Isaiah S8: Your light will rise in the darkness
This exhortation to the works of
love comes from the last, post-exilic section of the Rook or Isaiah.
It is the second half of a contrast
opposing these genuine works of mercy to the mere religiosity of observing fasts and Sabbaths -quite a useful reminder, at a time when one may be considering Lenten resolutions, that the kernel of the resolutions should not be to be more religious but more loving and more human, in the sense of being alive and open to every human need and response.
Doing penance, says the biblical writer, does not consist in beating the breast and apologising but in positively showing love; it is by this that "your wound will be quickly healed over", and because of this that the Lord promises his supporting presence.
The connection with the Gospel reading is the image of light. In iiiuli the connection of this image or Oh the glory of the Lord (always pictured in terms of a shining, brilliant light) may be translated into New Testament terms; the glory of the Lord is present when we do these works of love because it is only by the presence of Christ and his Spirit that we do them.
1 Corinthian's 2: The power of the Spirit
Paul now develops his attack on the philosophers whose intellectual superiority, or rather intellectual self-satisfaction, is such an unsettling factor in the Corinthian cornmunity.All his arguments when he first brought them the Good News, he says, were simply about the Crucified Christ and demonstrations of the power of his Spirit. According to the Acts of the Apostles, of course, this is hardly surprising, because he came to Corinth front Athens, where he had tried to confront the philosophers with their own methods and had merely been laughed at (there is no Epistle to the Athenians in the collection!)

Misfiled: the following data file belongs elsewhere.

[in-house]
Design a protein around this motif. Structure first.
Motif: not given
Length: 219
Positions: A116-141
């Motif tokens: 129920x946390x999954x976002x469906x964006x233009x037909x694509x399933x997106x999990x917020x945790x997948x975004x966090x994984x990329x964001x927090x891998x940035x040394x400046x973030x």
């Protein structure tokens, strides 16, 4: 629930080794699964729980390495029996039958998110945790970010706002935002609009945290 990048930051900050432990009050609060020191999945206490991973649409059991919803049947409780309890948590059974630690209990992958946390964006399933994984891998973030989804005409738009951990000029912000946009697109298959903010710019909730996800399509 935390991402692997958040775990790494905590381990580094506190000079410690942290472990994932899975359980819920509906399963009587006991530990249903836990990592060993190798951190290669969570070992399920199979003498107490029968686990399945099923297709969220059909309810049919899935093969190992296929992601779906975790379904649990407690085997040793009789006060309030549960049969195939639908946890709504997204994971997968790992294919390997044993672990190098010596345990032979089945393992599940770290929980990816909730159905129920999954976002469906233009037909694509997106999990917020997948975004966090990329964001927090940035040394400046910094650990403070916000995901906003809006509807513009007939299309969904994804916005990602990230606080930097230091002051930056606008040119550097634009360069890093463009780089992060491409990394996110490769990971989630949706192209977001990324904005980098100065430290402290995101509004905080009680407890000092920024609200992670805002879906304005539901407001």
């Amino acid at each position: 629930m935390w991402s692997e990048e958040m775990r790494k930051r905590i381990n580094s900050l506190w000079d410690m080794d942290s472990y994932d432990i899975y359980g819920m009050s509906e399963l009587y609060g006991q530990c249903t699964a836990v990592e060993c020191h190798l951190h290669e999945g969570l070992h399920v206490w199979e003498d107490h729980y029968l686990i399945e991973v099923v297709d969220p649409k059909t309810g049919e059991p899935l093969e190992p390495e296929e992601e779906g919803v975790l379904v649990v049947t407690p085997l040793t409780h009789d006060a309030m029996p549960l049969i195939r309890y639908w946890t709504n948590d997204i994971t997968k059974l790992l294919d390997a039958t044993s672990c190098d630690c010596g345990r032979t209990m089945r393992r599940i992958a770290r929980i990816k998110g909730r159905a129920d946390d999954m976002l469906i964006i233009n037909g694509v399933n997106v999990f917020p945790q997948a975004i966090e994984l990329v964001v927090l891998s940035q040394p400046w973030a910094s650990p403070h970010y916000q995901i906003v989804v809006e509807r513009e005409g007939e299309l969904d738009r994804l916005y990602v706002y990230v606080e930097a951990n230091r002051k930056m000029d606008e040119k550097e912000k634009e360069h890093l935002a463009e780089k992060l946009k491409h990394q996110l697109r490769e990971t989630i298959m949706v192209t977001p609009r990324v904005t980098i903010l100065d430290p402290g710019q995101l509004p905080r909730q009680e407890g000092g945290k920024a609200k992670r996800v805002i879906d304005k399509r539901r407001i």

In preaching the message of
Christ there is no such thing as convincing the hearers by argument. A man must reel the attraction and be drawn by Christ. so that all the preacher or any fellow-Christian can do is present the Crucified Christ and the power of his Spirit, by actions. attitude, words and love.
And this is true at every level, not only in the initial presentation of Christ. but further: intellectual arguments about faithfulness, loyalty, virtue, have little power to draw. In the last analysis the deciding factor in my action is whether I am struck by the Cross of Christ and by his Spirit, overpowered and drawn by Christ. (1 Cor 1:1-5)
Matthew 5: The Salt of the Earth This saying about the Salt of the Earth is used by different evangelists in different contexts, by Mark as a warning against falling away. by Luke as an exhortation to count the cost of discipleship, and by Matthew to inspire the disciple \kith the sense of his vocation before he embarks upon the detailed prescriptions of the Sermon on the Mount.
Possibly Jesus himself used it in still a different sense, of the leavening or salting effect of his Message upon the world. Matthew's use, especially when this parable is doubled by the parable of the prominent Lamp, is perhaps the nearest to Jesus' own, for by living according to the Sermon on the Mount the disciple spreads the salt or light of the Good News of Christ.
One mieht think there is a contradicition between these two sayings and the later prohibitions of ostentation, not letting the left hand know what the right is giving, not praying or fasting so that men can see. It is a question of motive: it is one thing not to disguise our Christian practice and quite another to make a parade of it.